Next week, I’ll be presenting some work in progress at the Harvard-MIT-Yale Cyberscholar Workshop that Lokman Tsui and Ben Peters help organize.
It is so much in-progress that I have already changed the title (replacing the rather ungainly “mobilizational” with “mobilizing” after a gentle nudge from a native speaker–thanks, Chris). So here it is:
Mundane Tools and Mobilizing Practices in Two U.S. Congressional Campaigns
The mobilizing potential of the Internet has been highlighted both by both social scientists and professional practitioners. A wide range of new tools have become ubiquitous in political campaigns—ranging from state-of-the-art websites to something as prosaic as email. But we still do not know what internet elements are most important for mobilizing practices. Based on participant-observation in two congressional campaigns in the United States, web research, interviews with professionals and activists, and analysis of secondary sources, I will argue that it is not campaign web sites as such, or the Internet in general, but specific “mundane mobilizing tools”, particular things like email and search, that are most intimately involved in mobilizing practices. Contrary to the specialized and emerging tools that have received the most scholarly, professional, and journalistic attention, mundane mobilizing tools are not designed specifically for political use, but instead derive their affordances from the fact that they (1) connect with existing infrastructures and communities, (2) allow distributed communication, and (3) are already familiar to users.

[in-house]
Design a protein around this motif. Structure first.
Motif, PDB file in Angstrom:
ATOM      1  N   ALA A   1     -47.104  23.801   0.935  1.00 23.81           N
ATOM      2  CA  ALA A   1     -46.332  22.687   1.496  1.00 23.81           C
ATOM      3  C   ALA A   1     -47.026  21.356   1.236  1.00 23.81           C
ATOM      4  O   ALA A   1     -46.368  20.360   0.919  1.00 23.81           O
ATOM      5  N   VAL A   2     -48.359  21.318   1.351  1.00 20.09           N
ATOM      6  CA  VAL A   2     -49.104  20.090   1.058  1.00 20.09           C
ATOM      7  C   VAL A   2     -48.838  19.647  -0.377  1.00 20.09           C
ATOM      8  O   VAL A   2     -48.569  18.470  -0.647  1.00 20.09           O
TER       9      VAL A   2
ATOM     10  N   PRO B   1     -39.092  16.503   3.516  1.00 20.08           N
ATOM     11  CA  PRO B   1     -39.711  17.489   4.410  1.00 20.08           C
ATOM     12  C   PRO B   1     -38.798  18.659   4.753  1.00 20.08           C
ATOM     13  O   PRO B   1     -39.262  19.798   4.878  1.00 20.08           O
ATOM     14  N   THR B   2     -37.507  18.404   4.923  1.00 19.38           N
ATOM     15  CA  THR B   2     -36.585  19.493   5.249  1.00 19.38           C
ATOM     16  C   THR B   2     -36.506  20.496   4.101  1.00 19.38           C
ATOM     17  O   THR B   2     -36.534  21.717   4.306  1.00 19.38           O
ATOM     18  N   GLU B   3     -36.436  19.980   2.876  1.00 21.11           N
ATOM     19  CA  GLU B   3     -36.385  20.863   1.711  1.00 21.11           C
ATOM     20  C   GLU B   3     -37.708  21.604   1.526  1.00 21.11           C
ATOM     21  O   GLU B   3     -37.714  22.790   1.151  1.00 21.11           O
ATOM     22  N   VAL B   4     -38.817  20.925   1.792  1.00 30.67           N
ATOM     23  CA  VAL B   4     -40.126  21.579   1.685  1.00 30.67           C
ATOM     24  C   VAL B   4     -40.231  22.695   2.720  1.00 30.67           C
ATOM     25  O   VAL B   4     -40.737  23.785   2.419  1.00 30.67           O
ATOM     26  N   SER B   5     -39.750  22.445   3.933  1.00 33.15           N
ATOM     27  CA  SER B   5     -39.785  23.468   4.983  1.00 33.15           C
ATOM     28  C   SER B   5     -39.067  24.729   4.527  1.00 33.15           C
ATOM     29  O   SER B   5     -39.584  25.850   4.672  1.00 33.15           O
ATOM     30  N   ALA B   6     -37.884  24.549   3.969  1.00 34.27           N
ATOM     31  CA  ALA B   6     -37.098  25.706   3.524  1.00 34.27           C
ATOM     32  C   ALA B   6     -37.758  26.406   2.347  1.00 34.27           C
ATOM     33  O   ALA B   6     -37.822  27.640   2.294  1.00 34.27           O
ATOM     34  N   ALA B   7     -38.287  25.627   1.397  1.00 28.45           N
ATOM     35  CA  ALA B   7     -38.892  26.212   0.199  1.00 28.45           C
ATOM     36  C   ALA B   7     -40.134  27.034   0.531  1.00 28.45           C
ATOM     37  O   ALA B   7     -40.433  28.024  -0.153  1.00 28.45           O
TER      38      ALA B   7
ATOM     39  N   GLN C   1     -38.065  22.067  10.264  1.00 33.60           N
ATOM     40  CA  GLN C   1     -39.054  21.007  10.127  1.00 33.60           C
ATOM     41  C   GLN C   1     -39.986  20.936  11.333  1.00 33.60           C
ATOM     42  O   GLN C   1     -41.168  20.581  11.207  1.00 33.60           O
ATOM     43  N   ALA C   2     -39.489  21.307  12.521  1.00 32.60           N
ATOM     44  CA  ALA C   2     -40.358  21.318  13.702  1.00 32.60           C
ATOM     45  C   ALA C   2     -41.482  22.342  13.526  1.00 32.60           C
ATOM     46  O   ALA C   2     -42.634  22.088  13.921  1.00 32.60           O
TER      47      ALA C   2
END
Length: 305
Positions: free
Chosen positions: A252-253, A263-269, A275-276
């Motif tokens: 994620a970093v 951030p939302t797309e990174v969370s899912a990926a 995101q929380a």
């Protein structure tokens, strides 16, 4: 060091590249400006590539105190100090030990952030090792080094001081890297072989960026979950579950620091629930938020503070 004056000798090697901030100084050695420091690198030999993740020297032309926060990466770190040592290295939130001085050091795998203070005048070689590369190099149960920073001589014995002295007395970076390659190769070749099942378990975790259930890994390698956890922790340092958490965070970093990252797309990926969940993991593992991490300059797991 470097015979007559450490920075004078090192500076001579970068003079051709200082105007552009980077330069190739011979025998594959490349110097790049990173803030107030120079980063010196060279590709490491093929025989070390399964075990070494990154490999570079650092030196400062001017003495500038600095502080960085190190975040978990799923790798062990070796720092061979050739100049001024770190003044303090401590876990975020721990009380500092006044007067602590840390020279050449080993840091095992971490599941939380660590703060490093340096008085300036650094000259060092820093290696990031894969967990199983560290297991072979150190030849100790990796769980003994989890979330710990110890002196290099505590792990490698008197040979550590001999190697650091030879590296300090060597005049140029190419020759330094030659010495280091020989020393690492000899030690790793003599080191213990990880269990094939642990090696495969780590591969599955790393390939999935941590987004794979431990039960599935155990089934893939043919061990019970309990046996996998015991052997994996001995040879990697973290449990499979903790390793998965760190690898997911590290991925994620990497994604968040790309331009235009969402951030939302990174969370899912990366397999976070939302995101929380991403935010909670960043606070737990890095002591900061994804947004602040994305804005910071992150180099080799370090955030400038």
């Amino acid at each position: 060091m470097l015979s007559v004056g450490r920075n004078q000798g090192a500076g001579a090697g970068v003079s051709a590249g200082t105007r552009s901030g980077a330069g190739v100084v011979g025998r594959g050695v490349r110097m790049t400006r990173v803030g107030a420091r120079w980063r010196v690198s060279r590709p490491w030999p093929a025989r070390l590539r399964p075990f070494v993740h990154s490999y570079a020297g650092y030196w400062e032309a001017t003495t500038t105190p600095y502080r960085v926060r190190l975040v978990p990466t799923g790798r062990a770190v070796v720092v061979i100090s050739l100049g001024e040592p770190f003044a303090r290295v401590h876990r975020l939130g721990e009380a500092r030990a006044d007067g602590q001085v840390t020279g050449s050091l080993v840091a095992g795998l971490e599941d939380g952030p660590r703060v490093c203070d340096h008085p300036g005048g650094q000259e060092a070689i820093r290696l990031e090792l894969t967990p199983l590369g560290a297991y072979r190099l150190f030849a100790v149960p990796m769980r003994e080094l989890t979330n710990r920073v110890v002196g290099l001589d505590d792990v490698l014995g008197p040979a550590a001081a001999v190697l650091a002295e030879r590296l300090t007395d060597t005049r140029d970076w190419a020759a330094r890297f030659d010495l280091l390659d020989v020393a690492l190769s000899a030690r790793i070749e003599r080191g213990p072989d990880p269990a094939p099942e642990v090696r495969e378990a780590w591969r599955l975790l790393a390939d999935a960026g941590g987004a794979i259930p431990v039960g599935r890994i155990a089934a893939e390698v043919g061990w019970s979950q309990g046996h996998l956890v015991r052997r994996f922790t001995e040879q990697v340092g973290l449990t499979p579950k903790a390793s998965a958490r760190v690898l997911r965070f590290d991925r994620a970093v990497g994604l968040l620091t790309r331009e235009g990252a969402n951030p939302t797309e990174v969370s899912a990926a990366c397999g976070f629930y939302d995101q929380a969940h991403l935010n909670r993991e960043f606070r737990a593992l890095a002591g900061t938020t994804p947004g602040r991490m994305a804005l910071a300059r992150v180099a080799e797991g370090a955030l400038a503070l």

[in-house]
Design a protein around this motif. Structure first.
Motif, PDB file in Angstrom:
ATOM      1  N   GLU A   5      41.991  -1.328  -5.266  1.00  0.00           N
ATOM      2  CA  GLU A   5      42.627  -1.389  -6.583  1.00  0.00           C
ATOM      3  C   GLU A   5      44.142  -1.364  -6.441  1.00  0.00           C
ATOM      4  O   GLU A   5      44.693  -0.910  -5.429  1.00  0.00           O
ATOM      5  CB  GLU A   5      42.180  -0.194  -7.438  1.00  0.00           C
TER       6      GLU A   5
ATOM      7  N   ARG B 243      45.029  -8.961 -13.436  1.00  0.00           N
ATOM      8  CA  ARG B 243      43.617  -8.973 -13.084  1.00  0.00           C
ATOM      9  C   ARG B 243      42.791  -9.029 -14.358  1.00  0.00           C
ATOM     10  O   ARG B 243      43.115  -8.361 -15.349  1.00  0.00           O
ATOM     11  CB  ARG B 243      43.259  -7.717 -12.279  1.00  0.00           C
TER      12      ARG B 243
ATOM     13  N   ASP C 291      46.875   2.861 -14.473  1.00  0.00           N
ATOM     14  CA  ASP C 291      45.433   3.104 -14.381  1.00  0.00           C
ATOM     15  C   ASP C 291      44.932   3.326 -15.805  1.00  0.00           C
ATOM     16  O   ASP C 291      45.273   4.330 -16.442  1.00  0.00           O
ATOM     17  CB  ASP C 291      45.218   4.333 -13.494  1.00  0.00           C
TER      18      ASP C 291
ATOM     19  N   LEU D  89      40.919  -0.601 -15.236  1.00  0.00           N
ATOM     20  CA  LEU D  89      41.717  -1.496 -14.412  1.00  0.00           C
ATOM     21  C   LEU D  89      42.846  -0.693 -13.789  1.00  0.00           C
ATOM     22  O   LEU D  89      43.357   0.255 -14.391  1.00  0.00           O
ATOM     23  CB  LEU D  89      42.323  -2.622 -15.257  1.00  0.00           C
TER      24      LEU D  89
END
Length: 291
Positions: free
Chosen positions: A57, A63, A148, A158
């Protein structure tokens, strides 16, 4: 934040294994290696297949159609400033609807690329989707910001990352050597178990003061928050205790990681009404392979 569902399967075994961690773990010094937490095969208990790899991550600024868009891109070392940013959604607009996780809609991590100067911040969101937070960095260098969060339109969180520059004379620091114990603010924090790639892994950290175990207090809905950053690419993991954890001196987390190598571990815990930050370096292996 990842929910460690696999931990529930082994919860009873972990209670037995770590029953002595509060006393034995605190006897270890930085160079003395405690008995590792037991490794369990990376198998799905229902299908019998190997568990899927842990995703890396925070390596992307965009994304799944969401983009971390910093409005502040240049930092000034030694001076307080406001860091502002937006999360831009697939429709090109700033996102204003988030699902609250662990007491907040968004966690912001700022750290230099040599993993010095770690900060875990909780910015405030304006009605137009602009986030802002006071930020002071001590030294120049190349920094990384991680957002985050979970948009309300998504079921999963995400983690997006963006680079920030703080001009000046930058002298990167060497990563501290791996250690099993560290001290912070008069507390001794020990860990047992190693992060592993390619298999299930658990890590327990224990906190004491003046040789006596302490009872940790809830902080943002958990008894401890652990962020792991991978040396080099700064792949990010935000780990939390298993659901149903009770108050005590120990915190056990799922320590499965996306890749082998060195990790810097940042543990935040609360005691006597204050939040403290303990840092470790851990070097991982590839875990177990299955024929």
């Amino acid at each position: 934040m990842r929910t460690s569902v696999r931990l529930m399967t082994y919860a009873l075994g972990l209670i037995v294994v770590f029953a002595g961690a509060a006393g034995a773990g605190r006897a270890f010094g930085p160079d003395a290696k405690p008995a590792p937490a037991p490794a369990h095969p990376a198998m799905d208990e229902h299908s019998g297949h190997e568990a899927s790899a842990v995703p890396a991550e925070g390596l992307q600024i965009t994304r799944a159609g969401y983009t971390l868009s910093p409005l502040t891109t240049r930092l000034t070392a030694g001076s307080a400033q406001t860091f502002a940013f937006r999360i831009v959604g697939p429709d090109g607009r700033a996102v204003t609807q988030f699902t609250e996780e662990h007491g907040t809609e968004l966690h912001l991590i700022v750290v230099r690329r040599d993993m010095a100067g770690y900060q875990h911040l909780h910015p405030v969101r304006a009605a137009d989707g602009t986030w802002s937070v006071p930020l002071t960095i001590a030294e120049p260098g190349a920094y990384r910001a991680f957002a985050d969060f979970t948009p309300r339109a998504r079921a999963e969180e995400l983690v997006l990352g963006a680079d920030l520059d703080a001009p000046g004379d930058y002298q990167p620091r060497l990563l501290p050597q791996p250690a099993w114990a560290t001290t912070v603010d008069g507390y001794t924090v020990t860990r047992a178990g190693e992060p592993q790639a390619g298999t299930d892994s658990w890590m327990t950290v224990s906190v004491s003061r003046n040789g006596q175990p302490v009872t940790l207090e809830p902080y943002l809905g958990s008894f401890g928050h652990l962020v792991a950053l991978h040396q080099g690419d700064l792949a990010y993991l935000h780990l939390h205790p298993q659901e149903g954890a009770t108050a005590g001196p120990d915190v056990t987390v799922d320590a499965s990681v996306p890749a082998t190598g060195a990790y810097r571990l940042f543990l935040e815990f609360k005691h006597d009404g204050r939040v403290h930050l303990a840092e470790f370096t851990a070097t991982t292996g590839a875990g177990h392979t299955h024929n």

Aaron Shaw and Coleen Kaman will also be presenting. I’m looking forward to the seminar and the conversations.